Gems by the Foot co-founders Michelle McAdam, Elizabeth Carlock Phillips, and Alicia Duque are donating proceeds from their business to women in need.
For those in the fashion landscape, large social-media followings and glamorous influencer gigs are crucial for establishing a persona. But for entrepreneur and social philanthropist Elizabeth Carlock Phillips, there’s a deeper meaning behind her passion for pretty things.
This month, Phillips launches Gems by the Foot, a jewelry collection that gives 10 percent of its proceeds to North Texas women and families of the International Rescue Committee, a refugee resettlement program.
It’s not her first foray into the accessories biz. The 29-year-old began making jewelry as a Highland Park High School student and continued through college at SMU. Even then, she donated large portions of her earnings to community charities.
Under her Elizabeth Carlock Designs brand, she created two nonprofit collections: one for Dallas company The Akola Project, which employs Ugandan women to make necklaces, bracelets, and earrings, and another for East Dallas’ Reconciliation Outreach, which helps women escape homelessness.
For Gems by the Foot, Phillips recruited her college friend Michelle McAdam (granddaughter of Dallas philanthropist Ruth Altshuler), whose interest in aiding refugees led to a master’s in international relations from the American University in Paris, and Alicia Duque, a certified gemologist born in Colombia, South America.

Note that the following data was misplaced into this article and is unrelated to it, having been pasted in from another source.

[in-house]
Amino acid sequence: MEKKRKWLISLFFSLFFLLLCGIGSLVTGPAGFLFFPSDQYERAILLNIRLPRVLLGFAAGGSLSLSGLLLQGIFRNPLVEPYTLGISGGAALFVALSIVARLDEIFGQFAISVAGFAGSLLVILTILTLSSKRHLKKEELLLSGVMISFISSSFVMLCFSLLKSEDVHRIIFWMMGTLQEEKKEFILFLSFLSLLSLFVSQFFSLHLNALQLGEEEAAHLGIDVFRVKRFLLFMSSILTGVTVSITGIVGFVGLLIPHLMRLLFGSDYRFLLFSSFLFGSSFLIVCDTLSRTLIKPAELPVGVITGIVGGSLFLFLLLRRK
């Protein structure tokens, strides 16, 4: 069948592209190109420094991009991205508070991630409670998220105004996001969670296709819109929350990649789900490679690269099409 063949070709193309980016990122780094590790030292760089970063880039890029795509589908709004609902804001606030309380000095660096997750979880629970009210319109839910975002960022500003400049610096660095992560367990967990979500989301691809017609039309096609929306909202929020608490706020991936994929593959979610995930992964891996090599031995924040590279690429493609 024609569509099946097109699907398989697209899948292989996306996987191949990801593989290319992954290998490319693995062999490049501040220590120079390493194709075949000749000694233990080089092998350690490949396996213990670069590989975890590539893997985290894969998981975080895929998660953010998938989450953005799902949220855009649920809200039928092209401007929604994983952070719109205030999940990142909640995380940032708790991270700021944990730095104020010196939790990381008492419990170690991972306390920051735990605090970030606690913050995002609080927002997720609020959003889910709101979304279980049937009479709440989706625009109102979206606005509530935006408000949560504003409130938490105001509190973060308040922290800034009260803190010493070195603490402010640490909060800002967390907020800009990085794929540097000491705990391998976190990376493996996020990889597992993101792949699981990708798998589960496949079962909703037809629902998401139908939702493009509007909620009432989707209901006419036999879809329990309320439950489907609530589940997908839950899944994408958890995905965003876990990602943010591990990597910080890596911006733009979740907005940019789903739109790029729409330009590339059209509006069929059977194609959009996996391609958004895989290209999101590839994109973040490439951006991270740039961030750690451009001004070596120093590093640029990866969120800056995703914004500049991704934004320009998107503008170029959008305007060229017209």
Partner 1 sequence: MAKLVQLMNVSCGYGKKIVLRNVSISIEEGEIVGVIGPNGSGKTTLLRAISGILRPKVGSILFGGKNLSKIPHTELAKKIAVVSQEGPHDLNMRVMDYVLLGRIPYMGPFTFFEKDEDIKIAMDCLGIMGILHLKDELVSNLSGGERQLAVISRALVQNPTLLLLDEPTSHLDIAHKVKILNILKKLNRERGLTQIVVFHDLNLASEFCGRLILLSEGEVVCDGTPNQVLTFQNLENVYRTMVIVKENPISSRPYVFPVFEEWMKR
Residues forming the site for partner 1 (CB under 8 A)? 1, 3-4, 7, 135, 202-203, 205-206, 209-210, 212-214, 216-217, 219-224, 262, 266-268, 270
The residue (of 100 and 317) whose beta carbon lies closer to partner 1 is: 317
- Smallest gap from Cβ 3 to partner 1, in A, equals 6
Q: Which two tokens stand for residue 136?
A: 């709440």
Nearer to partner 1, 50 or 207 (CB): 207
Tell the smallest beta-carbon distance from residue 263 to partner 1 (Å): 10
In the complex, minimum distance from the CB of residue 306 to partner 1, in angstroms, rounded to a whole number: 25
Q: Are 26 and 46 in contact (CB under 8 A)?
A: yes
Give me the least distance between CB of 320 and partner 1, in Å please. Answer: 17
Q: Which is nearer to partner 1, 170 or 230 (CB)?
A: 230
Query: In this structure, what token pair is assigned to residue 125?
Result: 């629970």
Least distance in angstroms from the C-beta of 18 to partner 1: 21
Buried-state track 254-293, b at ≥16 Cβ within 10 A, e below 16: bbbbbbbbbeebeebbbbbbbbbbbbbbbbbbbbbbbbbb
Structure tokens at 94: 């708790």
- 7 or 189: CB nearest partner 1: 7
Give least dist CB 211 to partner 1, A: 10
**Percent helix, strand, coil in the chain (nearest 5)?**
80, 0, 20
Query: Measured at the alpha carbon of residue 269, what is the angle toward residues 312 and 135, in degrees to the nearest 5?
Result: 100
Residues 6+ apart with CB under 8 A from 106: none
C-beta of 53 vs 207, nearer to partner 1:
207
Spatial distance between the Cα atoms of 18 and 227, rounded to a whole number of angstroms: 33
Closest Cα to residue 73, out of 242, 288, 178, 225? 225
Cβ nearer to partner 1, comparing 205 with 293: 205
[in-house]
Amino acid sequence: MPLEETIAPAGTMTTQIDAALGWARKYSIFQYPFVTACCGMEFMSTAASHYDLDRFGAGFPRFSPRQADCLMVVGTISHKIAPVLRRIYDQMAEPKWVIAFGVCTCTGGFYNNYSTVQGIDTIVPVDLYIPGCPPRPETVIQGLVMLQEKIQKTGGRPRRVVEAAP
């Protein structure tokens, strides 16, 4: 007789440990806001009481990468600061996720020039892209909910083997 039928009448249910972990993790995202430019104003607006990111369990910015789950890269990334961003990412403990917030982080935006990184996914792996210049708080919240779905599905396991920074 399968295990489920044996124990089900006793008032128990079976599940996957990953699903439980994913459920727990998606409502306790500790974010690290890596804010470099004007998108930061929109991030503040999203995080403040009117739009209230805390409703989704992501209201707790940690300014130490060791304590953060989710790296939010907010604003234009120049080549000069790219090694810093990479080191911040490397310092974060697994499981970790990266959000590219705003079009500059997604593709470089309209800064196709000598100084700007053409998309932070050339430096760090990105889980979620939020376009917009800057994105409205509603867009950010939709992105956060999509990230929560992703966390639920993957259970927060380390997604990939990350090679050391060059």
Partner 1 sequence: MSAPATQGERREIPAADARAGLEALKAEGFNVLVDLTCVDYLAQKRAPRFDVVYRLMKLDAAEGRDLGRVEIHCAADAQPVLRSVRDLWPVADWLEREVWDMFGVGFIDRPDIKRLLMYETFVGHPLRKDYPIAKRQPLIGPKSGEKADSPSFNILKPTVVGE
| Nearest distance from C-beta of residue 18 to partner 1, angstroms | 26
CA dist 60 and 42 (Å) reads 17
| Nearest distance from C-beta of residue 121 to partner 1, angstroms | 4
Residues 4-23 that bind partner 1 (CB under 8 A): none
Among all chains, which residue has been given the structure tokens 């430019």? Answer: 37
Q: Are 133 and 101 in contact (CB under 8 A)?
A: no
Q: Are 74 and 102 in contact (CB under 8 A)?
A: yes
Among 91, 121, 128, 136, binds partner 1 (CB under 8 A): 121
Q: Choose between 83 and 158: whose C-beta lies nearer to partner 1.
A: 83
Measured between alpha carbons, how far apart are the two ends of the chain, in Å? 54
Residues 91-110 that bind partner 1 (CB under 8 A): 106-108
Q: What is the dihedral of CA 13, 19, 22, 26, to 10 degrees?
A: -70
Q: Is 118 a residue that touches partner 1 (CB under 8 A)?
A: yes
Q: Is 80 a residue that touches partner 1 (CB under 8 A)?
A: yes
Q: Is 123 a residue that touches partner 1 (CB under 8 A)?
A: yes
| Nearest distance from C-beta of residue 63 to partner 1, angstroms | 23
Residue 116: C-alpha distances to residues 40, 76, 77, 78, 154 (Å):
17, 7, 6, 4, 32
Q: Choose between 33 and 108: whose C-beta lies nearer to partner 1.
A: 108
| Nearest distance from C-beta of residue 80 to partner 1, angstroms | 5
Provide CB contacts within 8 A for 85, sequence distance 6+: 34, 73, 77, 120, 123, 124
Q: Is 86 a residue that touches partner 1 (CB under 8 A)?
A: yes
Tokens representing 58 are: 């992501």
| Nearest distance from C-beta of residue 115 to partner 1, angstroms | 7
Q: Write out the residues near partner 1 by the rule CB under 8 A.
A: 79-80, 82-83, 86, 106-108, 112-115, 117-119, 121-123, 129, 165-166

“What’s interesting about Alicia,” Phillips says, “is that she’s married to the son of successful Iranian refugees, and she’s an immigrant herself, so this issue is close to her heart.”
Fusing their talents, the women craft made-to-order necklaces and bracelets with semiprecious gemstones on gold or silver chains, which are sold by the foot, from one to four feet, $40 to $120.
The business is strictly e-commerce; the website also publishes interviews with women of the IRC who benefit from the jewelry sales. Phillips’ goal is to employ many of these women, who have arrived in Dallas from Burma, Afghanistan, Syria, Honduras, and similarly impoverished countries.